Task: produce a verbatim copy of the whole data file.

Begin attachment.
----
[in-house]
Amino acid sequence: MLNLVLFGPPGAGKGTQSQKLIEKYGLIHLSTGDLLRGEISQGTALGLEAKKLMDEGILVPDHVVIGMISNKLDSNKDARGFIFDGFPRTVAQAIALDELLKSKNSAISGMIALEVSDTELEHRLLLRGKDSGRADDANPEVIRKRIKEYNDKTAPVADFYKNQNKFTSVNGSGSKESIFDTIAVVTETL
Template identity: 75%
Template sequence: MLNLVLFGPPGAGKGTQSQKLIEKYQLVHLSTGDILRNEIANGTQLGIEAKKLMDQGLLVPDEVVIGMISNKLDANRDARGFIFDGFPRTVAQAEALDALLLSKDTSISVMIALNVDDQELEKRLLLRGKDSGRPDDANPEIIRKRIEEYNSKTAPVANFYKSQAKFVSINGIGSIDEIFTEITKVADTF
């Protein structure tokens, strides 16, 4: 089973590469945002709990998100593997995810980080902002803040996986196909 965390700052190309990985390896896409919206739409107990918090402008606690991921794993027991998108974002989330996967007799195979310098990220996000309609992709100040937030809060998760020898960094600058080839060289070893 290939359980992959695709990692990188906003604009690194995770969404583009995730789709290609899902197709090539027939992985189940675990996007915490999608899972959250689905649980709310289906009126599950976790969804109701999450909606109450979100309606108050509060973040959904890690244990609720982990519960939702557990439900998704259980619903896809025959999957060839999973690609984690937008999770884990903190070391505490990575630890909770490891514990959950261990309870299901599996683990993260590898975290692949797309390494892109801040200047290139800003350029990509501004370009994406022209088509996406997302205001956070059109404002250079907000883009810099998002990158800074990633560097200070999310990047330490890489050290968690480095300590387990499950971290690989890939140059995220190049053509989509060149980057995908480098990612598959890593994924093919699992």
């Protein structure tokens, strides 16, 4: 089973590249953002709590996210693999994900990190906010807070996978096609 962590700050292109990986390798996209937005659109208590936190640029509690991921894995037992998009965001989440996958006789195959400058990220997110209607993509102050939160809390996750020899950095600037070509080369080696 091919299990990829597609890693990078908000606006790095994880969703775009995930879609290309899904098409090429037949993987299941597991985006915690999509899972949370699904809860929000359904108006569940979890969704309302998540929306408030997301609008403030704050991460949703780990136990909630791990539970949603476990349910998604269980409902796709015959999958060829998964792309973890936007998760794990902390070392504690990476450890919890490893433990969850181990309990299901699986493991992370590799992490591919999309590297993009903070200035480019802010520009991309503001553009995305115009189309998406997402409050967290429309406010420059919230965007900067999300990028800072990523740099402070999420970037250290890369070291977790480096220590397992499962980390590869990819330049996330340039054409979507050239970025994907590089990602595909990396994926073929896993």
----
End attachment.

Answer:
[in-house]
Amino acid sequence: MLNLVLFGPPGAGKGTQSQKLIEKYGLIHLSTGDLLRGEISQGTALGLEAKKLMDEGILVPDHVVIGMISNKLDSNKDARGFIFDGFPRTVAQAIALDELLKSKNSAISGMIALEVSDTELEHRLLLRGKDSGRADDANPEVIRKRIKEYNDKTAPVADFYKNQNKFTSVNGSGSKESIFDTIAVVTETL
Template identity: 75%
Template sequence: MLNLVLFGPPGAGKGTQSQKLIEKYQLVHLSTGDILRNEIANGTQLGIEAKKLMDQGLLVPDEVVIGMISNKLDANRDARGFIFDGFPRTVAQAEALDALLLSKDTSISVMIALNVDDQELEKRLLLRGKDSGRPDDANPEIIRKRIEEYNSKTAPVANFYKSQAKFVSINGIGSIDEIFTEITKVADTF
């Protein structure tokens, strides 16, 4: 089973590469945002709990998100593997995810980080902002803040996986196909 965390700052190309990985390896896409919206739409107990918090402008606690991921794993027991998108974002989330996967007799195979310098990220996000309609992709100040937030809060998760020898960094600058080839060289070893 290939359980992959695709990692990188906003604009690194995770969404583009995730789709290609899902197709090539027939992985189940675990996007915490999608899972959250689905649980709310289906009126599950976790969804109701999450909606109450979100309606108050509060973040959904890690244990609720982990519960939702557990439900998704259980619903896809025959999957060839999973690609984690937008999770884990903190070391505490990575630890909770490891514990959950261990309870299901599996683990993260590898975290692949797309390494892109801040200047290139800003350029990509501004370009994406022209088509996406997302205001956070059109404002250079907000883009810099998002990158800074990633560097200070999310990047330490890489050290968690480095300590387990499950971290690989890939140059995220190049053509989509060149980057995908480098990612598959890593994924093919699992």
């Protein structure tokens, strides 16, 4: 089973590249953002709590996210693999994900990190906010807070996978096609 962590700050292109990986390798996209937005659109208590936190640029509690991921894995037992998009965001989440996958006789195959400058990220997110209607993509102050939160809390996750020899950095600037070509080369080696 091919299990990829597609890693990078908000606006790095994880969703775009995930879609290309899904098409090429037949993987299941597991985006915690999509899972949370699904809860929000359904108006569940979890969704309302998540929306408030997301609008403030704050991460949703780990136990909630791990539970949603476990349910998604269980409902796709015959999958060829998964792309973890936007998760794990902390070392504690990476450890919890490893433990969850181990309990299901699986493991992370590799992490591919999309590297993009903070200035480019802010520009991309503001553009995305115009189309998406997402409050967290429309406010420059919230965007900067999300990028800072990523740099402070999420970037250290890369070291977790480096220590397992499962980390590869990819330049996330340039054409979507050239970025994907590089990602595909990396994926073929896993």